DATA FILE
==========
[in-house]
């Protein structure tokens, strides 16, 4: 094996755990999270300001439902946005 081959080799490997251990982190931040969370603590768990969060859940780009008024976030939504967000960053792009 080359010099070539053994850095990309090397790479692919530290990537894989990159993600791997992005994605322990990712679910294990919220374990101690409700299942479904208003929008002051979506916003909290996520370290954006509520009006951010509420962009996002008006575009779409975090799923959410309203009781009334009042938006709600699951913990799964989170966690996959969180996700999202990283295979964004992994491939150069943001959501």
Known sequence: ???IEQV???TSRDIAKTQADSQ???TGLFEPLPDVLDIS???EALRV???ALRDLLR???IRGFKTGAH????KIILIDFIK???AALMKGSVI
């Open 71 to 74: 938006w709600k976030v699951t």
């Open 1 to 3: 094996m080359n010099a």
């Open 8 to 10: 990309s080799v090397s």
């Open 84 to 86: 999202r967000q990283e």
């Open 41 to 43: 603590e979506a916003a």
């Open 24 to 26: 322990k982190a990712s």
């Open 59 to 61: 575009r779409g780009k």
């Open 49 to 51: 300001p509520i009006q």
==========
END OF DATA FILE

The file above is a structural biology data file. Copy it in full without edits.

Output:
[in-house]
């Protein structure tokens, strides 16, 4: 094996755990999270300001439902946005 081959080799490997251990982190931040969370603590768990969060859940780009008024976030939504967000960053792009 080359010099070539053994850095990309090397790479692919530290990537894989990159993600791997992005994605322990990712679910294990919220374990101690409700299942479904208003929008002051979506916003909290996520370290954006509520009006951010509420962009996002008006575009779409975090799923959410309203009781009334009042938006709600699951913990799964989170966690996959969180996700999202990283295979964004992994491939150069943001959501």
Known sequence: ???IEQV???TSRDIAKTQADSQ???TGLFEPLPDVLDIS???EALRV???ALRDLLR???IRGFKTGAH????KIILIDFIK???AALMKGSVI
């Open 71 to 74: 938006w709600k976030v699951t």
């Open 1 to 3: 094996m080359n010099a």
């Open 8 to 10: 990309s080799v090397s």
């Open 84 to 86: 999202r967000q990283e």
């Open 41 to 43: 603590e979506a916003a």
């Open 24 to 26: 322990k982190a990712s």
């Open 59 to 61: 575009r779409g780009k």
């Open 49 to 51: 300001p509520i009006q």